James has been contracted for Kit in Rory on 01/06/2018. He's waited until 2 hours before the event (having received a written contract and several Show Advance emails) to suddenly announce that he's no longer available.
Do we have a replacement lined up for him at all?
Can he suggest someone?
On our side, I'd be keen to make sure that we deliver the advertised 4-piece band rather than an 3-piece band.
However, in this case, this is the kind of thing where there's nothing much to do. If we do not have a suitable replacement, it might be preferable to warn as rapidly as possible the agent for the event and discuss risk minimisation jointly with them; I would suggest a quick update to the event details, unless James' part in the band is crucial in which case they may have a suitable suggestion of replacement.
Please let me know whether we have replacements and its feasible to onboard them as well as what instrument and how crucial James' part is?
James' action has had knock-on effects for the label. Primarily in alerting the agent, it's made the label look unprofessional (although we were able to find a replacement drummer ourselves). Warble Entertainment also views our appeal for a replacement drummer as an issue in terms of data protection.
What would you have done in this situation? What wording would you have used? What measures would you put in place to stop such a situation from reoccurring?
Why has this been posted?
Musicians' Union Rates #2
This is a follow-up post to Musicians Union Rates #1. It exemplifies an unoriginal attitude from a recent music graduate, who, upon putting himself forward for a job without first checking the details, then complains because it's not paying Musicians' Union Rates.
Unfortunately, we’re not yet in a position where we can produce videos. This is due to the various legal and financial factors involved of hiring musicians and venues. We’ve seen it occur in the past that musicians and venues breach agreements, and it is more difficult to ensure that the video is of the required standard when there are so many risks at stake. However, we do plan to produce videos for all artists eventually once we have the necessary legal protections/insurances in place (but we’d rather ensure that the videos are a true representation of our quality rather than producing ones that don’t adequately reflect the lineup).
Apologies for the inconvenience caused. Please be assured we are on the case with this!
Delfina Strike #2
Delfina Strike #3
Empower the individual
Event Cancellation - 17/01/2016 - Soul Photos
Gap Studios West
Work Rate Studio
What is Risk Factor?
A musician asked us why we don't produce music videos. The response was simple: "it's too much of a risk." After qualifying that statement by explaining the various logistical intricacies and recounting the horror stories of recent photo shoots and financial damages, the musician responded:
"But you trust us to turn up to gigs, don't you?"
To which the response was:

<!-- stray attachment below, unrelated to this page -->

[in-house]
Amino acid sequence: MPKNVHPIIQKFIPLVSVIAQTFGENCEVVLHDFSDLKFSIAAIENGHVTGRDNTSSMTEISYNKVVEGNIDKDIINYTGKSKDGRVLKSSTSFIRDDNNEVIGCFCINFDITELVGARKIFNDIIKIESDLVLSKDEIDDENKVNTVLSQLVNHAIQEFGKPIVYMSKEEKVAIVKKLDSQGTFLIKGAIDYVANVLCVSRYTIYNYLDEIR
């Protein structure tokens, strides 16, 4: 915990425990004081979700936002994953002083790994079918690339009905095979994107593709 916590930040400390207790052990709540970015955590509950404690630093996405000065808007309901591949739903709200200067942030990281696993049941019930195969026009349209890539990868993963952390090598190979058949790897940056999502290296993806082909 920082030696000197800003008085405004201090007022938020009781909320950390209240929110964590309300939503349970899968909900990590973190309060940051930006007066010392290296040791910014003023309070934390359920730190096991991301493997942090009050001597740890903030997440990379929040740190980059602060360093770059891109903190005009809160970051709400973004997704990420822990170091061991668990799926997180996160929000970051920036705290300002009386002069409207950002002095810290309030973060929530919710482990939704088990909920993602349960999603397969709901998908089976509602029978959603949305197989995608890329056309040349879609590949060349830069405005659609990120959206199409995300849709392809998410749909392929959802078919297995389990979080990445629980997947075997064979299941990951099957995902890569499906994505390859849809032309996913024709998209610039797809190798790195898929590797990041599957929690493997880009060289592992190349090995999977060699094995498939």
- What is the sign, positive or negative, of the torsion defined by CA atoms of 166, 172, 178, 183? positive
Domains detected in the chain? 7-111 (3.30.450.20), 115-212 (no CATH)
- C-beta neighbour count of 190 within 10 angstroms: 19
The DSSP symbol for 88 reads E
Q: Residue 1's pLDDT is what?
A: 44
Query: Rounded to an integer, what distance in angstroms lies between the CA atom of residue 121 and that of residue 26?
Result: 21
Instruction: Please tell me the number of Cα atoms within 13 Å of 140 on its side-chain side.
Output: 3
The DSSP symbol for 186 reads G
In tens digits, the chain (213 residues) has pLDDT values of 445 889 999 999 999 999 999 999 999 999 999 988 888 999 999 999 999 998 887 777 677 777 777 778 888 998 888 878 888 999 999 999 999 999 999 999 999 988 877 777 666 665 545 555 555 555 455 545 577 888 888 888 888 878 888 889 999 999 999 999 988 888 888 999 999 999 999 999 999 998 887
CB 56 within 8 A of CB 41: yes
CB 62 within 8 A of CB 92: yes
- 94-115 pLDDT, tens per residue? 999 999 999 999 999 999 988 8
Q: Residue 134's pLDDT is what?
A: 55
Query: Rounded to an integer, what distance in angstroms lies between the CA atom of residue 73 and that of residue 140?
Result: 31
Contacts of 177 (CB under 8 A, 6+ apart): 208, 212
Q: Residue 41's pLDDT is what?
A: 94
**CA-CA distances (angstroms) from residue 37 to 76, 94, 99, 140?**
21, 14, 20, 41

"Yes, because it's not my money on the table."
The bride booked a band of musicians to perform at her wedding and as far as she's concerned, she's getting a 6-piece lineup consisting of female lead vocals, male backing vocals doubling saxophone and flute, piano, bass, kit and congas. That's what was stipulated in the contract. That's what we've delivered. The bride doesn't know the musicians personally and she's not concerned about who is in the lineup. So, the "risk factor" decreases. What if it's a question of producing excellent promotional video material for an agent/promoter who wants to see the exact lineup as advertised in the publicity? What if it's a financial investment that's significantly closer to the creative vision of the investor? The "risk factor" increases. It's the dynamic between that closeness, that "trueness to form" aspect, vs. the value of the investment, which determines the "risk factor".
The term "risk factor" essentially equates to the amount of financial risk shouldered by a hirer/engager (whether it be an agent, promoter, manager, label or any other role that involves the hire/engagement of human personnel): in terms of how an arrangement/agreement is challenged by outside circumstances. It's a term we've adopted from promoters who book artists to perform at venues, a term used to gauge and quantify to which the artist makes back the venue hire/HR costs on attendance and ticket sales. In this context, it means musicians and technicians attending an event at an agreed time/place and delivering a service that they agreed to deliver. In this particular case, it means producing high-quality, sustainable promotional video material that justifies the venue hire/HR costs invested by the label.
Empower the individual
Read & Blog
Red & Black Music was set up in 2012 to stop musicians cancelling.
A category naming and shaming unreliable musicians to watch out for.
A category reporting unscrupulous venues and traders.
A category exploring the issues faced working via agents and promoters.
Event Diary #1
Event Diary #2
Productions vs. Bands
Unresolved Queries 1
Unresolved Queries 2